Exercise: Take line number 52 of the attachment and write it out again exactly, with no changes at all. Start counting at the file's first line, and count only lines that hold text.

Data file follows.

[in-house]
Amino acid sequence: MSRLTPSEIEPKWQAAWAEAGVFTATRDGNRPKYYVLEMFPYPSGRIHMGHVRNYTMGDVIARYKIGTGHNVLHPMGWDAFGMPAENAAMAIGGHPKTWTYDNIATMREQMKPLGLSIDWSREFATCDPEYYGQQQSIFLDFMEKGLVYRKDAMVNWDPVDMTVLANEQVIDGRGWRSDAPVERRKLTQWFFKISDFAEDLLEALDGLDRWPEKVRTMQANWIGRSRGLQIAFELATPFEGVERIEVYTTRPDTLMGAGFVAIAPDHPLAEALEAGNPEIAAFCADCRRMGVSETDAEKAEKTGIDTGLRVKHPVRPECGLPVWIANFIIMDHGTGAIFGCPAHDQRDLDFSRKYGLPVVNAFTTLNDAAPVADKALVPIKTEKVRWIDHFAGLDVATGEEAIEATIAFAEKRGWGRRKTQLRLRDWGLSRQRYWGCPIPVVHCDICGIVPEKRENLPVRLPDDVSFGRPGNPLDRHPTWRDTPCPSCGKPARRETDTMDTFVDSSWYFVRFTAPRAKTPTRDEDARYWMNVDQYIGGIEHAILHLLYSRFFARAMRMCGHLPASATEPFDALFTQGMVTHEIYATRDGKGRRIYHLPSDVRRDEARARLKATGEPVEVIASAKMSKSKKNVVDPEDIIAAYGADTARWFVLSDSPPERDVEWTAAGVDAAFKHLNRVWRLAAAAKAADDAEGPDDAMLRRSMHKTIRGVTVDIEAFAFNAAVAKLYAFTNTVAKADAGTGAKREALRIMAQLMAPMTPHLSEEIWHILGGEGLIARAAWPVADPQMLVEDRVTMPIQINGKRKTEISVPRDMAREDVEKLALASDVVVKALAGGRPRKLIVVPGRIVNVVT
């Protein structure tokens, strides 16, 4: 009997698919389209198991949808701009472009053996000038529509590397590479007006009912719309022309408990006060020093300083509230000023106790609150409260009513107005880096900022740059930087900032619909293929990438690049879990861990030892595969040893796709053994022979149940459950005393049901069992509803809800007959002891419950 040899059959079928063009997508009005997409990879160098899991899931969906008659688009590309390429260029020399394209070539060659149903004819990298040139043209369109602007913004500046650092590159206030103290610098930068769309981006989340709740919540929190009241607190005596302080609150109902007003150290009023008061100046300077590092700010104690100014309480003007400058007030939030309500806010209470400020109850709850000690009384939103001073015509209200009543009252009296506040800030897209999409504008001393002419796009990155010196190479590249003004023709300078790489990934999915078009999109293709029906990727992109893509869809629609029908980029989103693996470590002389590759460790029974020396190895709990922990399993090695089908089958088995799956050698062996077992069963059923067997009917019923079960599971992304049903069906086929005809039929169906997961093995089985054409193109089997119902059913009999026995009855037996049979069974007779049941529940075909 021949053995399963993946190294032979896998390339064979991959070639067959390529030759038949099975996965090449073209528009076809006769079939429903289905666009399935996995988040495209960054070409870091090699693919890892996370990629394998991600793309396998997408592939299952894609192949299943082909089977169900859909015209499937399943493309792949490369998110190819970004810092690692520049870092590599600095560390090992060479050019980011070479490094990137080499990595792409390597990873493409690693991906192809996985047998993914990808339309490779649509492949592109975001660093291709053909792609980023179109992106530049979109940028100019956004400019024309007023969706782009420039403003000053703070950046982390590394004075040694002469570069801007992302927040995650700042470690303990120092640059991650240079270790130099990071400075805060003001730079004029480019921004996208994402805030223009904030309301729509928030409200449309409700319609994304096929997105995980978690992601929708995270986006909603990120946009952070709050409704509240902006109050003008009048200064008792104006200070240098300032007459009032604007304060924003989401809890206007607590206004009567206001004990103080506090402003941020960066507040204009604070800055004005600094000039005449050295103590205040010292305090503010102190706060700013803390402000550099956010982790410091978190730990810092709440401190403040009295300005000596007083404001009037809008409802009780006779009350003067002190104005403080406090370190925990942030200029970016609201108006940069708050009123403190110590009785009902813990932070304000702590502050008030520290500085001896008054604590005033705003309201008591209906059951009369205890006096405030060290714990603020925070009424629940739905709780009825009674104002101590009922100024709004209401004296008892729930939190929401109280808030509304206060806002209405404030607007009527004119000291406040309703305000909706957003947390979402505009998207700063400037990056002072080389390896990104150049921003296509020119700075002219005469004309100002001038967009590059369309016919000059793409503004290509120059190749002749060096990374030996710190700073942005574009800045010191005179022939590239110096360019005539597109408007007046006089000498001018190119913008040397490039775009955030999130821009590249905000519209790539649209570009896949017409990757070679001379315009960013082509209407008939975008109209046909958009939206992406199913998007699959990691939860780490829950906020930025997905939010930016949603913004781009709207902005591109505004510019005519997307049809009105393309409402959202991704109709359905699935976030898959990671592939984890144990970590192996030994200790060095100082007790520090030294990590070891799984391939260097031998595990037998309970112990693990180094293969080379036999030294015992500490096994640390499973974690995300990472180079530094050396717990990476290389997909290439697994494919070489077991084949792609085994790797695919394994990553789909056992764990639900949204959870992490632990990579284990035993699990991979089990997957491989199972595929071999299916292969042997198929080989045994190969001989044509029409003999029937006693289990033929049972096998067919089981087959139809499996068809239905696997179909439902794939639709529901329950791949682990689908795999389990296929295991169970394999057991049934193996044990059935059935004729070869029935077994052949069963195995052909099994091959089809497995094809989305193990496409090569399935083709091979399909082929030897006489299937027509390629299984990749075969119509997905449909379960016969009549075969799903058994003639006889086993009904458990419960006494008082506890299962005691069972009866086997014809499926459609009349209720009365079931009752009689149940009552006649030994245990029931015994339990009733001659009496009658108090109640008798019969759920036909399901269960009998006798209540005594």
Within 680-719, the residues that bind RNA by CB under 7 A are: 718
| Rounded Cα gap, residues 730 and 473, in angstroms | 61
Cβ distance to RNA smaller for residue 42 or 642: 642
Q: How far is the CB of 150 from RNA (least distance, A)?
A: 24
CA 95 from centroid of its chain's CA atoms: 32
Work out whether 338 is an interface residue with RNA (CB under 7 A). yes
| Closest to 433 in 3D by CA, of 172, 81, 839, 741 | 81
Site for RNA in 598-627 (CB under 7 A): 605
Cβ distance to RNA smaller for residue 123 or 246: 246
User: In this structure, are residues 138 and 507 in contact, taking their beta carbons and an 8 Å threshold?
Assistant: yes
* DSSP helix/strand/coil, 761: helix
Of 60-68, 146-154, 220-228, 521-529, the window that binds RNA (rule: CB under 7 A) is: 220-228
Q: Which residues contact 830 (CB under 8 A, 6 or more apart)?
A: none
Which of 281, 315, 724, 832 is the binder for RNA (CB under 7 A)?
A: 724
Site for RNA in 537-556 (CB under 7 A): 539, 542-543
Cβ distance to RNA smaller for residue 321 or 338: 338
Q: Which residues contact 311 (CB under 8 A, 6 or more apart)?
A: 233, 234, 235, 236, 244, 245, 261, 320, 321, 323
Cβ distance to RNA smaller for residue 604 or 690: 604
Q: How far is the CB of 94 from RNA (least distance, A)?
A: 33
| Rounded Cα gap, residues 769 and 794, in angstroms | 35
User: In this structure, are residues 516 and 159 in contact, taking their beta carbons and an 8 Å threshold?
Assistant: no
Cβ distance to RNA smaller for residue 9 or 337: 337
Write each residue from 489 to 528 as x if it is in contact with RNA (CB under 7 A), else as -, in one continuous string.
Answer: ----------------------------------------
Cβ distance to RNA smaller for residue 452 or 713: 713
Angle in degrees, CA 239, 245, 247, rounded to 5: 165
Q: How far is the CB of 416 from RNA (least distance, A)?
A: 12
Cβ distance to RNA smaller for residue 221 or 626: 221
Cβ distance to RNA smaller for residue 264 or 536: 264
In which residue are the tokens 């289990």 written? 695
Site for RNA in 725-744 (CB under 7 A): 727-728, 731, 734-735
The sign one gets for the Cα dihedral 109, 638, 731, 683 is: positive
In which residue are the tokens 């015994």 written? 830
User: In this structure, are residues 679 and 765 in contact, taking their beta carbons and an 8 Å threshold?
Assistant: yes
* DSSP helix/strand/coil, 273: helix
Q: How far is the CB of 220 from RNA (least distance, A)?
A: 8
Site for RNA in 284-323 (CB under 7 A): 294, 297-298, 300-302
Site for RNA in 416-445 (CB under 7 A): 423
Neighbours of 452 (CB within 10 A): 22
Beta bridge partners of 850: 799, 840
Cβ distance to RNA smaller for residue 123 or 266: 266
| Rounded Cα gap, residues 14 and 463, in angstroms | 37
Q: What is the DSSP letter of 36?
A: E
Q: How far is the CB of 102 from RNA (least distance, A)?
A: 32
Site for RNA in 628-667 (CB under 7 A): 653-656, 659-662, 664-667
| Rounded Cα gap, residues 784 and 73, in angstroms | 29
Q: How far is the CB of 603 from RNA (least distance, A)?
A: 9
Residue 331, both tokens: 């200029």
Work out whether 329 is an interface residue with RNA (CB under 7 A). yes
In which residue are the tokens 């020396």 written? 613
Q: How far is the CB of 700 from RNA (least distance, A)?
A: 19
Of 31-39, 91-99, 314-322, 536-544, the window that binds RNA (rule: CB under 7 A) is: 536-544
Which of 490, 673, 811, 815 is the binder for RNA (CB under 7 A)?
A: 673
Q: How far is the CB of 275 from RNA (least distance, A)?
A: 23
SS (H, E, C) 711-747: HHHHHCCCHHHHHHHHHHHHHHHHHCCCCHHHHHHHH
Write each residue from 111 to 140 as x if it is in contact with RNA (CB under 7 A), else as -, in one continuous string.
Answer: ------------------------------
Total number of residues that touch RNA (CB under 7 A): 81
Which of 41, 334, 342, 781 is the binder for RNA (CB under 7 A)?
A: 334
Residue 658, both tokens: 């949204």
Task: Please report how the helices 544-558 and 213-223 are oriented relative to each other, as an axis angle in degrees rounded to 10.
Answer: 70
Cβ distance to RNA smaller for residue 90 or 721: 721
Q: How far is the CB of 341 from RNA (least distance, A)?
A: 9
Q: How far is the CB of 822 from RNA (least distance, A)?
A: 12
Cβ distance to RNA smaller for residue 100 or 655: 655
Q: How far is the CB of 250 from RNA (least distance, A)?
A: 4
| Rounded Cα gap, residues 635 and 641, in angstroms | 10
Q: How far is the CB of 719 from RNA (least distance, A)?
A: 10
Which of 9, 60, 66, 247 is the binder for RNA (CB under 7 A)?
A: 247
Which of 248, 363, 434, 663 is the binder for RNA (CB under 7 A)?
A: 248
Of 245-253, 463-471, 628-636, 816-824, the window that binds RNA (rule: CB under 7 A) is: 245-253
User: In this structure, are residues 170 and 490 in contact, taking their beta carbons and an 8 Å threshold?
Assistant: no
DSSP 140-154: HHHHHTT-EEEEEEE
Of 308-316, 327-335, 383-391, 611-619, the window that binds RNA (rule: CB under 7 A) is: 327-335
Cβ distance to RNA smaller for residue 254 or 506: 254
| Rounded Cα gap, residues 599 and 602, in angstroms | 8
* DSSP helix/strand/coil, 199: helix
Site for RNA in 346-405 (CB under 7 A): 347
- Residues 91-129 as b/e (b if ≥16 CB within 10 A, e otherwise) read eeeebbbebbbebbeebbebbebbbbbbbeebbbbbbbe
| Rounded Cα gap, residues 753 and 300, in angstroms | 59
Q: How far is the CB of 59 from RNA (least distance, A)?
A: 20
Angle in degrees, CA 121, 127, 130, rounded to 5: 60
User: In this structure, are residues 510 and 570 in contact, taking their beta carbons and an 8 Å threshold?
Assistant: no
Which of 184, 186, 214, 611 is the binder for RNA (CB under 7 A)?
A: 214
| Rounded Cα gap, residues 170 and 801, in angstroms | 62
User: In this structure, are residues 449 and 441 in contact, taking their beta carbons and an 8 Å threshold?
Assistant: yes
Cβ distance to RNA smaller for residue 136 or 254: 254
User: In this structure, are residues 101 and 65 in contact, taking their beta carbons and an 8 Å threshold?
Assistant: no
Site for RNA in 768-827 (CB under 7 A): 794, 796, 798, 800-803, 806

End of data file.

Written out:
Neighbours of 452 (CB within 10 A): 22